As far as scientific, technical and engineering terms go, “carbon capture, utilization and storage” is relatively self-explanatory.
CCUS technologies seek to remove CO2 or carbon dioxide emitted from power stations, factories and other industrial facilities or directly from the atmosphere, then either store the greenhouse gas permanently underground, both onshore and off, or use it to create products and services. Strategies that safely and efficiently transport compressed CO2 are also a significant aspect of the field.
There are numerous CO2 capture technologies in use and under development, according to the International Energy Agency:
Chemical absorption is a process in which CO2 reacts with a chemical solvent to form a weakly bonded compound, which can be later separated using heat. This technology has been widely used for decades in both small and large-scale projects. It’s highly selective and results in a relatively pure CO2 stream, which makes it well suited for industrial flue gases.
Physical separation uses either a solid surface (adsorption) or a liquid solvent (absorption) to capture CO2 molecules, which can later be released via an increase in temperature or pressure. This technique is used mainly in natural gas processing and the production of ethanol, methanol and hydrogen.
In oxy-fuel separation, fuel is combusted in the presence of nearly pure oxygen, which means the resulting flue gas is composed almost entirely of CO2 and easily removed water vapor. This technology is in the large prototype phase and has been implemented in coal power plants and cement factories.
Membrane separation uses polymeric or inorganic filters that allow CO2 to pass through while retaining other gases. Use of this technology varies—according to the IEA, it’s in the demonstration stage in natural gas processing, with only one large-scale capture plant. Membranes for treating syngas and biogas are available commercially, while ones for flue gas treatment are under development.
Calcium looping is another technology currently in the development stage. Lime is used as a sorbent to capture CO2 from a gas stream. The resulting calcium carbonate is transported to a second reactor, where it is separated, and the lime reused.
Chemical looping also requires two reactors. In the first, small metal particles bind with oxygen in the air to form a metal oxide. In the second, the oxide reacts with fuel, resulting in the production of energy and a pure stream of CO2. The metal is then reused in the first reactor. This technique has been used in 35 pilot projects that burn coal, gas, oil and biomass.
Direct separation, currently being tested in pilot projects, strips CO2 from cement production by indirectly heating limestone.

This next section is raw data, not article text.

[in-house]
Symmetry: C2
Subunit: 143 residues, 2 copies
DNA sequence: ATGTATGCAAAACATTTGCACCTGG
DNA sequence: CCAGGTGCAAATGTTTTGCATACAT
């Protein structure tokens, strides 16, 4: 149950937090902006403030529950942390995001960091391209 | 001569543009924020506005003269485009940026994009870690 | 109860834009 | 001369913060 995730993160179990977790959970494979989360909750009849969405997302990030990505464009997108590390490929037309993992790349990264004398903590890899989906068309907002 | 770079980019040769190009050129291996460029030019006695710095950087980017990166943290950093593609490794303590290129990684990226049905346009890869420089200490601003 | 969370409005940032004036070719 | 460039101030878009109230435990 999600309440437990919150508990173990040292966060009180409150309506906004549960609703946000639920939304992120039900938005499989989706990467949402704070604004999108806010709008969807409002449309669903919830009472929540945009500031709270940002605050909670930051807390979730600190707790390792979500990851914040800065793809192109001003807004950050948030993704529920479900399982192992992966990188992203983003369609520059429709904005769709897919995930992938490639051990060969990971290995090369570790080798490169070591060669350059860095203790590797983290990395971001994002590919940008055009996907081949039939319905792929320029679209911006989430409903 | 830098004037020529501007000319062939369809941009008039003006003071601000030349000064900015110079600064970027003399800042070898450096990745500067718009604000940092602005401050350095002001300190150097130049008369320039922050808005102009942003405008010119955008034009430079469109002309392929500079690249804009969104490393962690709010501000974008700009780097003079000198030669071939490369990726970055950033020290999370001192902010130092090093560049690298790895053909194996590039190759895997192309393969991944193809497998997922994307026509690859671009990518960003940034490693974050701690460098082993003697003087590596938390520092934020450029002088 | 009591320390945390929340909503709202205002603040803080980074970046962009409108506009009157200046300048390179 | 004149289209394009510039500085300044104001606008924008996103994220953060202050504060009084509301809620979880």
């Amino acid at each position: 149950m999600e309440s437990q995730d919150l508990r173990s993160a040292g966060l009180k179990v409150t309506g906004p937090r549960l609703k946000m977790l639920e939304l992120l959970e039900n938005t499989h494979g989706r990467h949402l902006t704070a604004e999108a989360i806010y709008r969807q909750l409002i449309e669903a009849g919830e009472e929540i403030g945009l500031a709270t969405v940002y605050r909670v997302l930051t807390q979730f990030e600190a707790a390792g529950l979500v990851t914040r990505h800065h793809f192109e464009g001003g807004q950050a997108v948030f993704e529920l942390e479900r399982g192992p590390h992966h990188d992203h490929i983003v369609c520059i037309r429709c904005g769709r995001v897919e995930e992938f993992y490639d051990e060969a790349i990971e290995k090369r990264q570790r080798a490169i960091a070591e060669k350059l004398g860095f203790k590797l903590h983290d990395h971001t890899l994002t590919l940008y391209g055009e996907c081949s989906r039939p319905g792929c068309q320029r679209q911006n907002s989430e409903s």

Two projects are currently testing the feasibility of supercritical CO2 power cycles, in which CO2 above its critical temperature and pressure is used to drive turbines. Nearly pure oxygen is used to burn fuel, meaning flue gas is made up only of CO2 and water vapor.
In April 2021, the U.S. Department of Energy awarded $99 million on projects to demonstrate new large-scale carbon capture technologies. This illustrates the potential for innovation and the support available to scientists and engineers in this field.
Once captured, CO2 can be transported via pipeline, ship, truck and train, with the latter two more commonly used for shorter distances and smaller quantities. Pipelines are the most cost-effective method, having been used for many years—North America is home to a network of CO2 pipelines totaling over 5,000 miles.
Using Captured CO2
Carbon dioxide has been used in enhanced oil recovery for decades. In one process, CO2 (or another gas) is injected into a reservoir to force oil toward where it can be pumped out. The gas also improves flow by dissolving into the oil and lowering its viscosity. This technique is used in the majority of EOR production in the U.S. As part of the CO2 remains in the reservoir, it is considered long-term storage as well.
CO2 can also be converted for other uses.
When converted into solid mineral carbonates (mineralization), it can be used to make aggregates for use in concrete, asphalt and construction fill. CO2 can also be used instead of water to “cure” concrete during mixing.
Other processes can convert CO2 for use in the creation of synthetic fuels, polymers and new materials, to accelerate the growth of algae and to produce beverages, fire extinguishers and other products.
This facet of CCUS is also ripe for innovation and funding. For fiscal year 2022, the Department of Energy requested $38 million for research into early-stage utilization technologies with the potential to develop markets for CO2-based products.
At Colorado School of Mines, which recently launched an Integrated Carbon Capture, Utilization and Storage Initiative, areas of technological research into CCUS include geologic storage; capturing CO2 via capture membranes and chemical looping; converting CO2 into commodity chemicals and fuels; and using the gas for enhanced oil recovery. Faculty are also investigating carbon pricing, industry policy, regulatory approaches and the use of data analytics to determine the success of projects.
This research informs the CCUS educational programs at Mines, which includes a fully online certificate in carbon capture, utilization and storage.
John Bradford, geophysics professor and vice president for global initiatives at Colorado School of Mines, gives an overview of carbon capture in an Explainer episode of The Conveyor podcast below: